Broadband customers who have been left unable to contact their Internet Service Provider (ISP) due to the impact of the ongoing coronavirus pandemic on customer service operations could face sharp with price increases – as large as 80 percent – when their minimum contract comes to an end, new research from Which? has revealed.
Widespread call centre closures due to the public health crisis have caused busy phone lines leaving consumers unable to contact a new provider to switch – or reach their existing provider to highlight the issue to get it fixed or negotiate a better deal. Customers from BT broadband and Virgin Media fibre services have been named as specific examples of this issue.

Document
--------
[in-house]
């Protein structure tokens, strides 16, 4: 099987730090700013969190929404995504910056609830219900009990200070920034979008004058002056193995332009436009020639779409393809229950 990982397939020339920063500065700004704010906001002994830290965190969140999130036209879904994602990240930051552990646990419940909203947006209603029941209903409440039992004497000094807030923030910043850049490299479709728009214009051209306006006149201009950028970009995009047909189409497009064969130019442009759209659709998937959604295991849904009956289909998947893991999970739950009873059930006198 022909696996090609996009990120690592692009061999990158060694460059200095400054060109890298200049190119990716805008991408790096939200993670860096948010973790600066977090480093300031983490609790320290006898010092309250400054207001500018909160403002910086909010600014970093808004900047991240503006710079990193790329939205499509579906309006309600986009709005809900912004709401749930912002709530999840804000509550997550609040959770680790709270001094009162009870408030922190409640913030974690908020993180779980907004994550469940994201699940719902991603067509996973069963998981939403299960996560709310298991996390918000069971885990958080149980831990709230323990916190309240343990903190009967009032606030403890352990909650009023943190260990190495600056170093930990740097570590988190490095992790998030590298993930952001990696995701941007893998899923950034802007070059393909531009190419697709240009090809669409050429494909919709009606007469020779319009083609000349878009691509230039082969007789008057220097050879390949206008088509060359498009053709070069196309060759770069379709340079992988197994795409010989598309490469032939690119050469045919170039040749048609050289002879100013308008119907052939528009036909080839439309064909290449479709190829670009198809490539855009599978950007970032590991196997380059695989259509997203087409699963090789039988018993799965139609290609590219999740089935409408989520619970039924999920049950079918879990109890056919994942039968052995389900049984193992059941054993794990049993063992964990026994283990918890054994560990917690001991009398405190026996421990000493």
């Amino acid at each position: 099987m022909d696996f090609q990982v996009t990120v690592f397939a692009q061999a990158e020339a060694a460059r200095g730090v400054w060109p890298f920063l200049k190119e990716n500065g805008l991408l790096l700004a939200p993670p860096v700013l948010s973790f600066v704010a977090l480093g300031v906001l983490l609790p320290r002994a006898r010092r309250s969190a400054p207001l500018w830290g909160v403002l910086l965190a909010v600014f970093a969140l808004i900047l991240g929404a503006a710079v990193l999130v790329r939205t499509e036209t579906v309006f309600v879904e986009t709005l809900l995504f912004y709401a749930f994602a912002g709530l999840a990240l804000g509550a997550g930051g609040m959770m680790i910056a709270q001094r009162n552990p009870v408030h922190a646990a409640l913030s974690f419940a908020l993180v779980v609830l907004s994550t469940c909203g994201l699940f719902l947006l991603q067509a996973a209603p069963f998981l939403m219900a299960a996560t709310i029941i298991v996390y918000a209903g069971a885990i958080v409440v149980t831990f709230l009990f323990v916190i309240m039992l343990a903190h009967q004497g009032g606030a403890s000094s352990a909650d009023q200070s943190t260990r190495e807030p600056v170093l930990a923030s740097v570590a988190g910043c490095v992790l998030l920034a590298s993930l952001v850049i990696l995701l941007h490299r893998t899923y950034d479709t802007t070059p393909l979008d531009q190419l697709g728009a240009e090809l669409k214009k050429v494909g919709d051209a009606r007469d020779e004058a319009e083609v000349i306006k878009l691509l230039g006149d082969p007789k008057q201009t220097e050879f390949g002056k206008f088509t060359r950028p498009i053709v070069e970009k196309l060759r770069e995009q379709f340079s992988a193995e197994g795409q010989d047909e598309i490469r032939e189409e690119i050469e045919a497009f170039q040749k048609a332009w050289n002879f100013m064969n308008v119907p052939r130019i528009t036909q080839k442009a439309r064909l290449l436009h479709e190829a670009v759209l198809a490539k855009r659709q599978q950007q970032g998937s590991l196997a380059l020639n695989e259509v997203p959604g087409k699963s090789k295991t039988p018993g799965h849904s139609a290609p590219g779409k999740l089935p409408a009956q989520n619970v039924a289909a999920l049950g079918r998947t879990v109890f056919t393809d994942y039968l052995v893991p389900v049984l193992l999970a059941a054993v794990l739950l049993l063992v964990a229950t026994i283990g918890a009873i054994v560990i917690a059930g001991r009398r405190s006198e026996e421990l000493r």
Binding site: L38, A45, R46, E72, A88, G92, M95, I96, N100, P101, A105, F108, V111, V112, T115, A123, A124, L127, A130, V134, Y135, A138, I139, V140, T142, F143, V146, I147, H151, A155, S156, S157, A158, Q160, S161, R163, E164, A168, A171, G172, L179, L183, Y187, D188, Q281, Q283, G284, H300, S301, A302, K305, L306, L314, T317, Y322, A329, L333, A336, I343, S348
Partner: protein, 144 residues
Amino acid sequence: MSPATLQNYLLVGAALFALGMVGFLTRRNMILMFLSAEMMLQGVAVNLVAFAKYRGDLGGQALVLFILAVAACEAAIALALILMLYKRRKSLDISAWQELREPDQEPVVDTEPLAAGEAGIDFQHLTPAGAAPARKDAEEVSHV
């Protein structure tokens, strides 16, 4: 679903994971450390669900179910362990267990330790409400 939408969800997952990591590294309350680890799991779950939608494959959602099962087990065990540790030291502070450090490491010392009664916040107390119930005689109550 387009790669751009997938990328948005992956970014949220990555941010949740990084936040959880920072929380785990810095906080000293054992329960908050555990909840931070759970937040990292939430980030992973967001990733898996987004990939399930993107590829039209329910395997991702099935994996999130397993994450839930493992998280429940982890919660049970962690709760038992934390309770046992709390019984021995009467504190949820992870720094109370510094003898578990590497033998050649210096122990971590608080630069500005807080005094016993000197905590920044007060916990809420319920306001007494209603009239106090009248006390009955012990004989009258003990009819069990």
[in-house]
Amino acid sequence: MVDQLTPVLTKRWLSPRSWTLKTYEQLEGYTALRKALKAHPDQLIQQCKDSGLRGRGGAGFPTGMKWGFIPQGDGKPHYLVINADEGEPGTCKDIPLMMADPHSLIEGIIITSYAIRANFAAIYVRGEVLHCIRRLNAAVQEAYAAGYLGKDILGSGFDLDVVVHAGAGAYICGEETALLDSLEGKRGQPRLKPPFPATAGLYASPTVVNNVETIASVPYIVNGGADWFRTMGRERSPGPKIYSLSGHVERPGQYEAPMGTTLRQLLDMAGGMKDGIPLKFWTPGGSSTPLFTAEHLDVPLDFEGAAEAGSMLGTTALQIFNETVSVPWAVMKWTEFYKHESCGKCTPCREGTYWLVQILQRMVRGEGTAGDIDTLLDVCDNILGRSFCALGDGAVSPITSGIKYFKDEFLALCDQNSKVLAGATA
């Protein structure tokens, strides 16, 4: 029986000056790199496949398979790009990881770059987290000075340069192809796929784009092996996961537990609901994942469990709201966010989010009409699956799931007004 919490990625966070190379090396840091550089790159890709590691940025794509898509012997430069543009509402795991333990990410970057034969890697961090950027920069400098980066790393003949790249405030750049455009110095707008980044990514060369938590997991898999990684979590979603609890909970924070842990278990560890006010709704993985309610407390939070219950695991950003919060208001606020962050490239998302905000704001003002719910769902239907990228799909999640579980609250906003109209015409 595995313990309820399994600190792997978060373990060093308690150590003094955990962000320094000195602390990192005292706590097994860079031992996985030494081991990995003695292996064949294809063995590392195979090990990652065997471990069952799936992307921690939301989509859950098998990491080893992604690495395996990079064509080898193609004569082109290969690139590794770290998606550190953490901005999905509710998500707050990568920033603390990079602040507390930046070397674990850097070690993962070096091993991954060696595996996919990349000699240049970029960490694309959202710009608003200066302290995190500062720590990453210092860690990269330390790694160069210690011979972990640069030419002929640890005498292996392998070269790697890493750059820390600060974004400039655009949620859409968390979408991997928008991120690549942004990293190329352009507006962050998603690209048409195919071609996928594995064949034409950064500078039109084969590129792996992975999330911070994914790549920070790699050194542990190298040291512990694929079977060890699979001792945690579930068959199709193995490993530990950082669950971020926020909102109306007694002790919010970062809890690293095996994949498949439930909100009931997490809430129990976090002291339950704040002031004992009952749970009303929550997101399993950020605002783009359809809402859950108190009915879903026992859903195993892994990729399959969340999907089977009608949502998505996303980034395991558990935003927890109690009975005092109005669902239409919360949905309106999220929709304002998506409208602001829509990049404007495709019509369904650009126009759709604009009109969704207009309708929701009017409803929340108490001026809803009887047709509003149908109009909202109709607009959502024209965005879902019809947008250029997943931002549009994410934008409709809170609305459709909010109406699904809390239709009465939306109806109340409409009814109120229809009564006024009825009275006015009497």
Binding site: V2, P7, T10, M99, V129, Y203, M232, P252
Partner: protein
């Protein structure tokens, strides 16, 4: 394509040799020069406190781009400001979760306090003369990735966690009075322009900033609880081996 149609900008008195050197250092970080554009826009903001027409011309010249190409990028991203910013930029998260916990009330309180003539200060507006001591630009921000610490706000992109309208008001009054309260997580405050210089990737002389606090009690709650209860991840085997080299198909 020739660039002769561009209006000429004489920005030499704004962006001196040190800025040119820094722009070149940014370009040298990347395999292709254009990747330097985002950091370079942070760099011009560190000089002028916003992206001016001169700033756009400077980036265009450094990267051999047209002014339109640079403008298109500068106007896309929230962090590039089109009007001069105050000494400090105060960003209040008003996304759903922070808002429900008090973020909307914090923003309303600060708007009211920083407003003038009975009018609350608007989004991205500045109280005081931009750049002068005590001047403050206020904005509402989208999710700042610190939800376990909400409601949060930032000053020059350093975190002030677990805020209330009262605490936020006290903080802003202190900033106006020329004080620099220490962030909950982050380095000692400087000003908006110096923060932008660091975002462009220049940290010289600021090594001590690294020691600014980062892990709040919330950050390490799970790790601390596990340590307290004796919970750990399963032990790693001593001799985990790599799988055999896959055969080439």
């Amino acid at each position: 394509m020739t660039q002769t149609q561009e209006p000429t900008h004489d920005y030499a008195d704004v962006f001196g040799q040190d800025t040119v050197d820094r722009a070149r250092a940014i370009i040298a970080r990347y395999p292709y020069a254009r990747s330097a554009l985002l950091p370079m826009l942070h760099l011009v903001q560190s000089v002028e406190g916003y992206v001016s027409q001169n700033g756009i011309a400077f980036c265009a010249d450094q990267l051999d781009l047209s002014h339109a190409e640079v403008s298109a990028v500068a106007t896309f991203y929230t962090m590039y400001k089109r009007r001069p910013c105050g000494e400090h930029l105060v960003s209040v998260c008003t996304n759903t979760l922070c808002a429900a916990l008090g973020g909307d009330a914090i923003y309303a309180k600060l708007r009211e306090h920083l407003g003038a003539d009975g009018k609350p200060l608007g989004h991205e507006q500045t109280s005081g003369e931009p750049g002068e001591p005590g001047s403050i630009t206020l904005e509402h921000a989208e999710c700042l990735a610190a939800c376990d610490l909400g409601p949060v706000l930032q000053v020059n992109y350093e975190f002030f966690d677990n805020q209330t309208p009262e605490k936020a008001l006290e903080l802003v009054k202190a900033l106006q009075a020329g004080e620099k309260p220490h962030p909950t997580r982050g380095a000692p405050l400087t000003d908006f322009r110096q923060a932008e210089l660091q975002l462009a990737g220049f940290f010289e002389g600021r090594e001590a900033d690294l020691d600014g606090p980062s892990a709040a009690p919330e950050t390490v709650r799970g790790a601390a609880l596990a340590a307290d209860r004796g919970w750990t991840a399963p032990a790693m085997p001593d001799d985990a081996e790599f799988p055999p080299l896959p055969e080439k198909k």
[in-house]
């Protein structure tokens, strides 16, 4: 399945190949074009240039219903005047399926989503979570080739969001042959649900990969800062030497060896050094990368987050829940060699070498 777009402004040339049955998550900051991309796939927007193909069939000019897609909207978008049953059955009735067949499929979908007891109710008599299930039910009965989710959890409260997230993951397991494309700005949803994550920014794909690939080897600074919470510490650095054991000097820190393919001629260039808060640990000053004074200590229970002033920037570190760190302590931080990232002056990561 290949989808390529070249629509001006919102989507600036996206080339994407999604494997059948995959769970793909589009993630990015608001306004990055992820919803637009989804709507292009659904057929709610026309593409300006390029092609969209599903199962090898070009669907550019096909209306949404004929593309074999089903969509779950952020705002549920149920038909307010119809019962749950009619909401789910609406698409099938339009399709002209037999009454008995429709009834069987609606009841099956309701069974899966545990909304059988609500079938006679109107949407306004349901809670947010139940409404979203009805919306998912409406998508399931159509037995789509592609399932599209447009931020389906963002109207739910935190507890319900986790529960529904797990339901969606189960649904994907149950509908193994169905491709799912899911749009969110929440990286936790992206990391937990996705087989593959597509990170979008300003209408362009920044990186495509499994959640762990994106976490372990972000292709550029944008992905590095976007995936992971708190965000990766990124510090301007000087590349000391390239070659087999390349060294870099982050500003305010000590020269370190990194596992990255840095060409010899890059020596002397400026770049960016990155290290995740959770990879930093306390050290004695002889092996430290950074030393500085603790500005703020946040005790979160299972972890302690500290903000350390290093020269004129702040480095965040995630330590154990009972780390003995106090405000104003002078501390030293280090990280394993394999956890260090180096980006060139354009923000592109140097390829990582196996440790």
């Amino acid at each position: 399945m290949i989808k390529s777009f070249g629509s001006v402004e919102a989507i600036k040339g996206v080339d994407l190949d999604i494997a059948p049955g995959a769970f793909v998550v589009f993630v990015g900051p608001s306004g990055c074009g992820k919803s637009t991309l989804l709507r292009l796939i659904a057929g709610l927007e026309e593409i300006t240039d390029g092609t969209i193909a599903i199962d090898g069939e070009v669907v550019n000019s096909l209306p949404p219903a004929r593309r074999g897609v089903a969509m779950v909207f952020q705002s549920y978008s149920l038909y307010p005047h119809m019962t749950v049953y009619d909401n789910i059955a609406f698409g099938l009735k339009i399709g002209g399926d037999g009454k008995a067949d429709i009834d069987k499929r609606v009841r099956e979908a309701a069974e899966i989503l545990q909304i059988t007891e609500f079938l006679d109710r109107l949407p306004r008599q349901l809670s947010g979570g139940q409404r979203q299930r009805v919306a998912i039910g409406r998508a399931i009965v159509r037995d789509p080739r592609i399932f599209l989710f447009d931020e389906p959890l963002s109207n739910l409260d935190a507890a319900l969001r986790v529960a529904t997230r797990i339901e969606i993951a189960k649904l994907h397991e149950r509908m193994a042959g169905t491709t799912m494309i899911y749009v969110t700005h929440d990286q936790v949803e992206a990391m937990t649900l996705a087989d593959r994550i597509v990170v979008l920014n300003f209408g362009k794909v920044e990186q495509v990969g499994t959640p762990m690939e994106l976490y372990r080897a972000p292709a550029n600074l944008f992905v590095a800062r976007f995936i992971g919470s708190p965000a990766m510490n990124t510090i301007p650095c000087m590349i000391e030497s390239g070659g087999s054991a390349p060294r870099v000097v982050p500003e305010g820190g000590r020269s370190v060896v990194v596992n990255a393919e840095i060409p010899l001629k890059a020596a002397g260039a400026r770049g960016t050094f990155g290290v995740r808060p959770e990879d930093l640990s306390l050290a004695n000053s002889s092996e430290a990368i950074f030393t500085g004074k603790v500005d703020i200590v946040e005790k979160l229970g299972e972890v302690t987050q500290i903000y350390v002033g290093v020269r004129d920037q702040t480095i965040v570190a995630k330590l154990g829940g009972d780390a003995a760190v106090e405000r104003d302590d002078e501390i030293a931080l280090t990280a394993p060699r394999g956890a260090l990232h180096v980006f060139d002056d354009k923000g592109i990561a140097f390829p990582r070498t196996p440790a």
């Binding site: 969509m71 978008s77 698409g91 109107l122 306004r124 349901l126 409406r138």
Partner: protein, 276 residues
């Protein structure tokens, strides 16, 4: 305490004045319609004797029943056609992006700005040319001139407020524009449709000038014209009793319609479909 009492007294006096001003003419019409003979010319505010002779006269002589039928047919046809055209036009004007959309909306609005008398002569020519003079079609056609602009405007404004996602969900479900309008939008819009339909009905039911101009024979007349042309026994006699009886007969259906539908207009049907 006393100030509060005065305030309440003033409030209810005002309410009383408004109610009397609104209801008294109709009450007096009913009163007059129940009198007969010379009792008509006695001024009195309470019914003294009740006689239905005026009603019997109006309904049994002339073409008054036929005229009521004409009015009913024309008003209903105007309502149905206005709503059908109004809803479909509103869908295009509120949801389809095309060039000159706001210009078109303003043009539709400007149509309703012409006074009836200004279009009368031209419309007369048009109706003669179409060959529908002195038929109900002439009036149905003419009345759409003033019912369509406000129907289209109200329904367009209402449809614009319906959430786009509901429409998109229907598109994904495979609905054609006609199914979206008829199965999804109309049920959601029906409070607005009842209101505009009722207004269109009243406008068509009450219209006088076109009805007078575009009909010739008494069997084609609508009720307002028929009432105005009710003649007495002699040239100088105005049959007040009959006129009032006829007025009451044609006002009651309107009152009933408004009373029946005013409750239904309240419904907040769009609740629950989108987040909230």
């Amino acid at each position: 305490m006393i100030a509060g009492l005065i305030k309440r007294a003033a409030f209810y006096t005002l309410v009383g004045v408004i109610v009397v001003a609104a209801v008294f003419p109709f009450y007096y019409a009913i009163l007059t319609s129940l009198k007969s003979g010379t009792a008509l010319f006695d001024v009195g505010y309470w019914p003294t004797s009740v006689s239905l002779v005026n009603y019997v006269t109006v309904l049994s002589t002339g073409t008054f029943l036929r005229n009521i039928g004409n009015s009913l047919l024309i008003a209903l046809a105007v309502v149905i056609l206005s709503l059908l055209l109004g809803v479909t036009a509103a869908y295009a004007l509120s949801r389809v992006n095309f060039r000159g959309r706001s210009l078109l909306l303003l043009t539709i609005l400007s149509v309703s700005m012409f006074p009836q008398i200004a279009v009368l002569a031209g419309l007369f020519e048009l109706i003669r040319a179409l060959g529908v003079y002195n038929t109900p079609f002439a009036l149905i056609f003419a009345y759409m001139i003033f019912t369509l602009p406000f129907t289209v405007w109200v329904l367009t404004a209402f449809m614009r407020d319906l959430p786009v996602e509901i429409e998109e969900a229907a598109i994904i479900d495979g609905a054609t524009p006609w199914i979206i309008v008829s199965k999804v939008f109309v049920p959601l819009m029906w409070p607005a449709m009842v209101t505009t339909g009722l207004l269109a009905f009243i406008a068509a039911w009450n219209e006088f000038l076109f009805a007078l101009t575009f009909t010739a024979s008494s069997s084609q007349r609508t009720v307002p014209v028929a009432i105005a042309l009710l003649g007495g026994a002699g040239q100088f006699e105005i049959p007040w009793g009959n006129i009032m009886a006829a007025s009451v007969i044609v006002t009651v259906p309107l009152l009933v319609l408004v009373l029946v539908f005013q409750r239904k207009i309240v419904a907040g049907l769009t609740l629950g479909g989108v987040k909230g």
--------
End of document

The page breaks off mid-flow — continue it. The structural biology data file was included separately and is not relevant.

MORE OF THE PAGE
Some ISPs provide online options for those who cannot get through on phone lines, but this isn’t an industry standard practice.
In a new survey conducted by Which?, the publication found that more than half (53 percent) of broadband customers had encountered difficulties contacting their broadband provider within the last month – making it tough to make changes to their contract, or report issues.
And the problems don’t end there. According to the research, those who are able to contact their ISP still struggle to arrange a switch due to restrictions on engineer visits.